Tumor growth and development involve many complex pathways, such as malignant cell proliferation and angiogenesis. Kinases are the enzymes that control signal transduction in these pathways, including VEGF, PDGFR, c-kit, and so on. They are present in stromal vascular or cell-matrix, and when they are dysfunctional (such as overactivation), they may lead to tumors. Multikinase inhibitors can simultaneously act on multiple over-activated kinases and have been used to inhibit tumor growth. Moreover, these inhibitors can reduce the possibility of developing drug resistance.

Henatinib, a derivative of Sunitinib, is an oral small-molecule multikinase inhibitor with broad and potent antiangiogenic and antitumor activities. Following the enzyme assay, Henatinib has highly inhibitory activity against VEGFR-2, c-kit, and PDGFR with IC50s of 0.6 nM, 3.3 nM, and 41.5 nM, respectively.

Henatinib can inhibit cancer cells and tumor growth in vitro and in vivo.

In human umbilical vein endothelial cells (HUVEC), Henatinib markedly inhibits VEGFR-2 phosphorylation and its downstream signaling pathways and continuously represses VEGF-stimulated proliferation, migration, and tubule formation. In the human tumor xenograft model, this agent causes regression or growth arrest of tumors.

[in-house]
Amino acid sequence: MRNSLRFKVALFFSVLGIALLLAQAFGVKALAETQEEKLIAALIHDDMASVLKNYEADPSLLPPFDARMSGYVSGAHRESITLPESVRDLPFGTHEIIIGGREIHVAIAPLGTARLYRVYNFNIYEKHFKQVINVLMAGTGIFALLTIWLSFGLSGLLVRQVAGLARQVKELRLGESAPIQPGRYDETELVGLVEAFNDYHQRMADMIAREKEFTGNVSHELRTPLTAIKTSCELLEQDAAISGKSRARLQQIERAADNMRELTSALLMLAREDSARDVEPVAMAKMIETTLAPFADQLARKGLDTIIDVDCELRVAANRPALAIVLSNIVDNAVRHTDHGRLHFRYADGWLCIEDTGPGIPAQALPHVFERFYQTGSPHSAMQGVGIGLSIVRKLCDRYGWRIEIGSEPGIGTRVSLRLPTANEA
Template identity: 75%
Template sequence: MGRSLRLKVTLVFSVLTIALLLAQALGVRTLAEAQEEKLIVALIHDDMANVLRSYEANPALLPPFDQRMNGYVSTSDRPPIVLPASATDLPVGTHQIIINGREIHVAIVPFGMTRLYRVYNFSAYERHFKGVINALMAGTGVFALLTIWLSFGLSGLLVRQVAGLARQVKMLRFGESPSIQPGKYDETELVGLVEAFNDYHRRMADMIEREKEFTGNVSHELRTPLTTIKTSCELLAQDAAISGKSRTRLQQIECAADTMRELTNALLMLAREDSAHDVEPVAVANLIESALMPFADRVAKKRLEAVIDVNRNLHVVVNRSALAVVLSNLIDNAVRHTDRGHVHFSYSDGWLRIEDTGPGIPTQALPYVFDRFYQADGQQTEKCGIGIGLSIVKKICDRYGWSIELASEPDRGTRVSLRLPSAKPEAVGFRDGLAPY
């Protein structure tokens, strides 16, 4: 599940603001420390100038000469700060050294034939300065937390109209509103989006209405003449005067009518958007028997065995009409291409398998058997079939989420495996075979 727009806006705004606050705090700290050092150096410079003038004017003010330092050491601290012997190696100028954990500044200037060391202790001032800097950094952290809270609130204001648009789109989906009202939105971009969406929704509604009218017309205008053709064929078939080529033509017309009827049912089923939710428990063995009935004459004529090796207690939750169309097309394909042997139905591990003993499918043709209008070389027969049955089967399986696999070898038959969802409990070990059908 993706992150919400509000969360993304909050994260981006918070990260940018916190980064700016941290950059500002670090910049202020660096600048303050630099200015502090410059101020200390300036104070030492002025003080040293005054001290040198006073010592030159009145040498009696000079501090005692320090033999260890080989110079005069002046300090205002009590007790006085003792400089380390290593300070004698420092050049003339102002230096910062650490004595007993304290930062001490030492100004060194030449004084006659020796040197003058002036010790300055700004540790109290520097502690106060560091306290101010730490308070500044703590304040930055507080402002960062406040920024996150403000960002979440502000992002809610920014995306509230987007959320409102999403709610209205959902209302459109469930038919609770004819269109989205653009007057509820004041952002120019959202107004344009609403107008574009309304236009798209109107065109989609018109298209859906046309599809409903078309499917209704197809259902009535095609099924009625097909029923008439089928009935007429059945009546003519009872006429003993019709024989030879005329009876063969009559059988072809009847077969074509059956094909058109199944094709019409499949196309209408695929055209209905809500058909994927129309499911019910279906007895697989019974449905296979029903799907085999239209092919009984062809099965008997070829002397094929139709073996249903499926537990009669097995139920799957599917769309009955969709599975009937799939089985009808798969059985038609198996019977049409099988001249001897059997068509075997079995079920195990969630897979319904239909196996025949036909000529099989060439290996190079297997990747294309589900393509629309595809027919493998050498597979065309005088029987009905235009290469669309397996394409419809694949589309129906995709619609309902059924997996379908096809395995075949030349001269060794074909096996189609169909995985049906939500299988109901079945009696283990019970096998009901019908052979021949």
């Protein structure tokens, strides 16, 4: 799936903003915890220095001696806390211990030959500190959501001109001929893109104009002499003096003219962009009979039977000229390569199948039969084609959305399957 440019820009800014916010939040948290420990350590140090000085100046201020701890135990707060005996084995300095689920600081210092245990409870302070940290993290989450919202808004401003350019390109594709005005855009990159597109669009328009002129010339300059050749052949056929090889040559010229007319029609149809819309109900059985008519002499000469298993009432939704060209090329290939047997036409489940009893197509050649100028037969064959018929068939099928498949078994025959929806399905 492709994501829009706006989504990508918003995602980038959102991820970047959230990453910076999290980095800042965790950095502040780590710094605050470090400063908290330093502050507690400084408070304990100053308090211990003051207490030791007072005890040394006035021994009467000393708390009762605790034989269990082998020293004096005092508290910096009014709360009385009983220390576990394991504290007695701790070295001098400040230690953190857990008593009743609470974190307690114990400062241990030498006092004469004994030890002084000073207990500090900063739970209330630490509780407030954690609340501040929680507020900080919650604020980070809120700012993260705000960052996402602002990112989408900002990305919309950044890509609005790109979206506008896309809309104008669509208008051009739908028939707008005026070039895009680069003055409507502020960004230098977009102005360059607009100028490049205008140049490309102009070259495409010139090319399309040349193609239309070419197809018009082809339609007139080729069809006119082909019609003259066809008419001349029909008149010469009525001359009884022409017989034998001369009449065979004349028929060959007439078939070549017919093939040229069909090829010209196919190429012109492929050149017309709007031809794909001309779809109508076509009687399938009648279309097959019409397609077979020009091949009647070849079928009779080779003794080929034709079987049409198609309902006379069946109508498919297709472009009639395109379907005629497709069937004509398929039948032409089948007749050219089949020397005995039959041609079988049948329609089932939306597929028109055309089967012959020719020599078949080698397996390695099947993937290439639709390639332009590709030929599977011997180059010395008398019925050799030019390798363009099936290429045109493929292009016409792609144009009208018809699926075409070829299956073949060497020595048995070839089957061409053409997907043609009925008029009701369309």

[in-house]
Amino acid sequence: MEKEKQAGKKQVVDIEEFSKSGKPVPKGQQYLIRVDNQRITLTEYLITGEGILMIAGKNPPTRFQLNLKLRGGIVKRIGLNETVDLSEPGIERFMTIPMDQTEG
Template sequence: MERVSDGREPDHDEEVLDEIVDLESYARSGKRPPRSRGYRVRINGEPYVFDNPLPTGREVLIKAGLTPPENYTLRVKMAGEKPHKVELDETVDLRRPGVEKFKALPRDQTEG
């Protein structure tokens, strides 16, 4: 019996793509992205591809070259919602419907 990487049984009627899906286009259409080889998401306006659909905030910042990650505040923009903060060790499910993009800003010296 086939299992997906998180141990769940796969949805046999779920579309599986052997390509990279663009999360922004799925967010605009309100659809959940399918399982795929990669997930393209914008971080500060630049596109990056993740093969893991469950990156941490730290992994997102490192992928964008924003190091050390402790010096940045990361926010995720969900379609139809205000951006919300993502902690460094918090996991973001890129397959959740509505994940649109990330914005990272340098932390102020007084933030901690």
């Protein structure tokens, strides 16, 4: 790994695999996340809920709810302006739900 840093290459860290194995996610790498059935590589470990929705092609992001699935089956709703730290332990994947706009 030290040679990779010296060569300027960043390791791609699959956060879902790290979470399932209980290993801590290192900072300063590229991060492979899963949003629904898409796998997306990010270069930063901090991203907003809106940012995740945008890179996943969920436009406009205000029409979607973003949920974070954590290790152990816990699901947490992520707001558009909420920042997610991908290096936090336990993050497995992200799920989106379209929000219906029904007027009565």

Besides, bile secretion does not influence the absorption of Henatinib in rats, and its absorption and passive transportation are consistent. Neither agent concentration nor intestinal segments affect the absorption of Henatinib.

In conclusion, Henatinib is a highly potent multikinase inhibitor targeting VEGF, PDGFR, and c-kit, with antiangiogenic and antitumor activities, and is well absorbed in the intestine.


[1] Qian J, et al. J Pharm Biomed Anal. 2013 Jun;80:173-9.

[2] Haitian Quan, et al. Cancer Res (2011) 71 (8_Supplement): 4259.